Views differ on source of blame for potato blight problem

The question of who is to blame for the apparent spread of potato blight from amateur growers' crops to commercial production has brought opposing views.

Sarvari Research Trust (SRT) director Dr David Shaw said such a spread was probable. "Most amateurs do not spray and, in a year like this, their crop gets totally blighted and spores drift off to infect healthy potatoes."

But he added: "Professionals do not grow resistant varieties. Why would they do that when you can make a variety resistant if you keep it sprayed? The problem is that continuous wet weather prevents the spray tackle getting on the field every four or five days so chemical control is less than 100 per cent - and some of the newest varieties grown for the supermarkets are very susceptible."

Amateur-gardening supplier Thompson & Morgan said in a statement: "It seems unlikely that the blame can be put on any one set of growers. Ironically, in the past potato farmers were blamed for causing blight problems for gardeners by leaving diseased plants and tubers in or on fields, enabling spores to reproduce and spread."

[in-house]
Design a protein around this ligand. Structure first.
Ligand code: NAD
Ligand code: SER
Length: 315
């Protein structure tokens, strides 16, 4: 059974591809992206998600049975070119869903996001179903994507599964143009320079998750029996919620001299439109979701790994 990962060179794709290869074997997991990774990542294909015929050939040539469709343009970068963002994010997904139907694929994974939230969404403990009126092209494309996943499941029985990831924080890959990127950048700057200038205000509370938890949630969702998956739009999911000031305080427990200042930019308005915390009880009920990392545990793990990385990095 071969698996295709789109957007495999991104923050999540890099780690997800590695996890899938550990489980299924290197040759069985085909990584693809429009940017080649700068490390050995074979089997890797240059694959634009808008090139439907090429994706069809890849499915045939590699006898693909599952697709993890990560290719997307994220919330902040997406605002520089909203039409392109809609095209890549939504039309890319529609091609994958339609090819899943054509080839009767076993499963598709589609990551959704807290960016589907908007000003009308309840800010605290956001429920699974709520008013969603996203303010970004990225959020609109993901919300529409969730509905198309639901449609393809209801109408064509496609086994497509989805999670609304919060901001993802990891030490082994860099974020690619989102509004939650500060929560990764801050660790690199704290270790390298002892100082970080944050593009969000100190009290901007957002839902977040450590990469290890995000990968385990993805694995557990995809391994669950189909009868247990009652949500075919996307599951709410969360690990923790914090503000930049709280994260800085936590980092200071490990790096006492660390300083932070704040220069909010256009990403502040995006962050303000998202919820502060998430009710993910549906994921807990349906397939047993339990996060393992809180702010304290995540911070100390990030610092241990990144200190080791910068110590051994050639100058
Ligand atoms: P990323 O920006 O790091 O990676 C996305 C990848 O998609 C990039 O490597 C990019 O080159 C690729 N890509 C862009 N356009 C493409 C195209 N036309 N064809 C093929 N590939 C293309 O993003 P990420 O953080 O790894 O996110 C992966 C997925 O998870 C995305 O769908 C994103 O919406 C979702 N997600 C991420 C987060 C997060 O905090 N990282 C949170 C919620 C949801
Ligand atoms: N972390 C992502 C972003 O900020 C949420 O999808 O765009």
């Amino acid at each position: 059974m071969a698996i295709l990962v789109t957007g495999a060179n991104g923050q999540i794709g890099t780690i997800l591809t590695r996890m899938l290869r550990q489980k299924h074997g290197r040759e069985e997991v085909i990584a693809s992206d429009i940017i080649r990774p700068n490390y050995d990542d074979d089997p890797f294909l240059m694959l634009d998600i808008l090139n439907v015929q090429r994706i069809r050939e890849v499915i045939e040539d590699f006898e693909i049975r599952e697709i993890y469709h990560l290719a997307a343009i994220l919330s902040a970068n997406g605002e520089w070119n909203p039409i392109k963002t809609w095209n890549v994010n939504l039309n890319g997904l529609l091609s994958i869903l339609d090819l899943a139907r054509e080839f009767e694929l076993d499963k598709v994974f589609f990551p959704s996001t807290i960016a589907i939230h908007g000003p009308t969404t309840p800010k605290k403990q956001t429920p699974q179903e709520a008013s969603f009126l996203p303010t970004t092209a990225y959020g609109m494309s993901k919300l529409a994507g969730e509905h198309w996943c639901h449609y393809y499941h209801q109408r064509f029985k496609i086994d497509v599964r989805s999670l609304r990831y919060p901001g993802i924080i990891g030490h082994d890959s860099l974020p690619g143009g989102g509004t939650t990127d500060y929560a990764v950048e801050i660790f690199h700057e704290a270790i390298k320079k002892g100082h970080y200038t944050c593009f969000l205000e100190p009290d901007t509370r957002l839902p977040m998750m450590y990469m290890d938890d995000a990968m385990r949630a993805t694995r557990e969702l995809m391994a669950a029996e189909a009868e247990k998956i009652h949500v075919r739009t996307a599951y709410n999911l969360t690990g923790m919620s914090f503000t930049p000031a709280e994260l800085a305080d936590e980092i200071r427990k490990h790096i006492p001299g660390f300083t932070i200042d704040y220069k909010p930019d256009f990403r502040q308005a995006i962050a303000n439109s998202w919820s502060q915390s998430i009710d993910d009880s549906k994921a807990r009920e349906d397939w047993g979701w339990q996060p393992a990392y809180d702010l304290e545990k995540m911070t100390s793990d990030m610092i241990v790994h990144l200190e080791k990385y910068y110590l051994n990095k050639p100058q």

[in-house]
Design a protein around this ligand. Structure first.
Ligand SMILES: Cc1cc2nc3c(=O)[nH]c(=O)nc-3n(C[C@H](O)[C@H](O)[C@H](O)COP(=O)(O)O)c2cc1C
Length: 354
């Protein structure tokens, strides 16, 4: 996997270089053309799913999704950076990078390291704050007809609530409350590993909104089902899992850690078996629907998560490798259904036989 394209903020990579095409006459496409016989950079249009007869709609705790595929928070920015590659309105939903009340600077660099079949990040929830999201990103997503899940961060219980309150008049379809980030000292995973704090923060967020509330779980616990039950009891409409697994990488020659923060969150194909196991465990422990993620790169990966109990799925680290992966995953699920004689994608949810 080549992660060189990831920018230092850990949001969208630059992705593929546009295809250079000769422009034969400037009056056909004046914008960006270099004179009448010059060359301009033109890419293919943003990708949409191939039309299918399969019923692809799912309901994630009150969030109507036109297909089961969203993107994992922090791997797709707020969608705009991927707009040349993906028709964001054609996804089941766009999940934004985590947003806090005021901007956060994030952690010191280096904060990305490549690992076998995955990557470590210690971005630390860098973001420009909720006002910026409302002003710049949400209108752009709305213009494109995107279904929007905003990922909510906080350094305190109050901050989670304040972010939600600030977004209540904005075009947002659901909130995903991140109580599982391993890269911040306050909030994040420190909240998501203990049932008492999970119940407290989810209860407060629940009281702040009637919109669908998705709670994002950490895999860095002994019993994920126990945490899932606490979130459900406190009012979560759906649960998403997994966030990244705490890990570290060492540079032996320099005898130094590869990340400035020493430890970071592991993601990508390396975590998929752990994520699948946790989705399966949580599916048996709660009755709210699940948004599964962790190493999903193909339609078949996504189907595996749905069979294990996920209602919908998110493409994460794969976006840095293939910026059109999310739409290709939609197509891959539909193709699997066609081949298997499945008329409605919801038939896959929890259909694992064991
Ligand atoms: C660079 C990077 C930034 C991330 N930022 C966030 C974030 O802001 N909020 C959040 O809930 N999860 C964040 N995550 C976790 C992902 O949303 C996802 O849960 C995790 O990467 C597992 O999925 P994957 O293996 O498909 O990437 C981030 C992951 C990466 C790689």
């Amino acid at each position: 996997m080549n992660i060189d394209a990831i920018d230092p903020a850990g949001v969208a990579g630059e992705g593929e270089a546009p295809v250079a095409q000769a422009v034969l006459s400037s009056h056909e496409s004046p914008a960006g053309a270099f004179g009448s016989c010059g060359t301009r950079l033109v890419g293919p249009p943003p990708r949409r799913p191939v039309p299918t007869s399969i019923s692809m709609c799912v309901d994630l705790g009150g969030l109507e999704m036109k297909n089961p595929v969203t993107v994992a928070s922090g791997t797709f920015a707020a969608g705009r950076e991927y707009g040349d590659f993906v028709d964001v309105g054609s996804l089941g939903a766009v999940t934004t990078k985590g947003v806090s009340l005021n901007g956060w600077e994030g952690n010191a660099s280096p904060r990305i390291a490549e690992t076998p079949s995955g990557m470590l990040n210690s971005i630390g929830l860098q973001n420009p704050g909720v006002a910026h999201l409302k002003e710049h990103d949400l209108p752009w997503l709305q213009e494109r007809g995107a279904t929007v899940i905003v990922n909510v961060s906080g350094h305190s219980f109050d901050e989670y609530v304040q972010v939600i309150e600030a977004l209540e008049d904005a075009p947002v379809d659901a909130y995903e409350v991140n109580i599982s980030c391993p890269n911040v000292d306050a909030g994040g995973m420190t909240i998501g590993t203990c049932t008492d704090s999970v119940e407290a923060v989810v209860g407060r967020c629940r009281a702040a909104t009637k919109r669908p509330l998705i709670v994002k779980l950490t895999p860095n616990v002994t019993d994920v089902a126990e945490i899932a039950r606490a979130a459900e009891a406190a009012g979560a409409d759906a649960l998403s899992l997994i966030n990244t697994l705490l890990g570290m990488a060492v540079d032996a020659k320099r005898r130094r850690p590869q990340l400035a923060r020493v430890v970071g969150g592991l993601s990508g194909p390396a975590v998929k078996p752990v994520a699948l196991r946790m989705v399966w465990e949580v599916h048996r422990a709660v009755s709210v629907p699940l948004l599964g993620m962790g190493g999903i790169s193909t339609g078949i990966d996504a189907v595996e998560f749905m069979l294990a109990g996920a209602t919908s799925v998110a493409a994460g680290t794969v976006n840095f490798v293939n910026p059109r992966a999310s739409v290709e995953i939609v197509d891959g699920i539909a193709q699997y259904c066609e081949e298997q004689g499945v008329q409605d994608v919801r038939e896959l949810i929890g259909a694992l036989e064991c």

The firm has urged amateur growers to choose Sarpo and similar blight-resistant varieties bred by the SRT.

Earlier, Potato Council corporate affairs manager Maria Ball blamed gardens and allotments for "a disproportionate amount of overall blight pressure". The group's chairman Allan Stevenson added: "It would be preferable if people bought healthy, well-produced potatoes from their retailer, rather than grow their own."


Have you registered with us yet?

Register now to enjoy more articles and free email bulletins

Sign up now
Already registered?
Sign in

Read These Next

Business Planning - Brace now for Brexit impact

Business Planning - Brace now for Brexit impact

Neville Stein advises how businesses can act now to protect themselves against higher plant import costs after the Brexit deadline.

What do Stockbridge's new research facilities offer the industry?

What do Stockbridge's new research facilities offer the industry?

What should be done to ensure sustainable growth in English wine?

What should be done to ensure sustainable growth in English wine?


Follow us on:
  • Facebook
  • LinkedIn
  • Twitter
  • Google +

HORTICULTURE WEEK BUSINESS Awards 2019

The Horticulture Week Business Awards is now open for entries

Horticulture Week Top UK FRUIT PRODUCERS

See our exclusive RANKING of UK Fruit Producers by annual turnover plus the FULL REPORT AND ANALYSIS.

Horticulture Jobs

Pest & Disease Tracker bulletin 

The latest pest and disease alerts, how to treat them, plus EAMU updates, sent direct to your inbox.

Sign up here

Professor Geoffrey Dixon

GreenGene International chair Geoff Dixon on the business of fresh produce production
 

Read Professor Geoffrey Dixon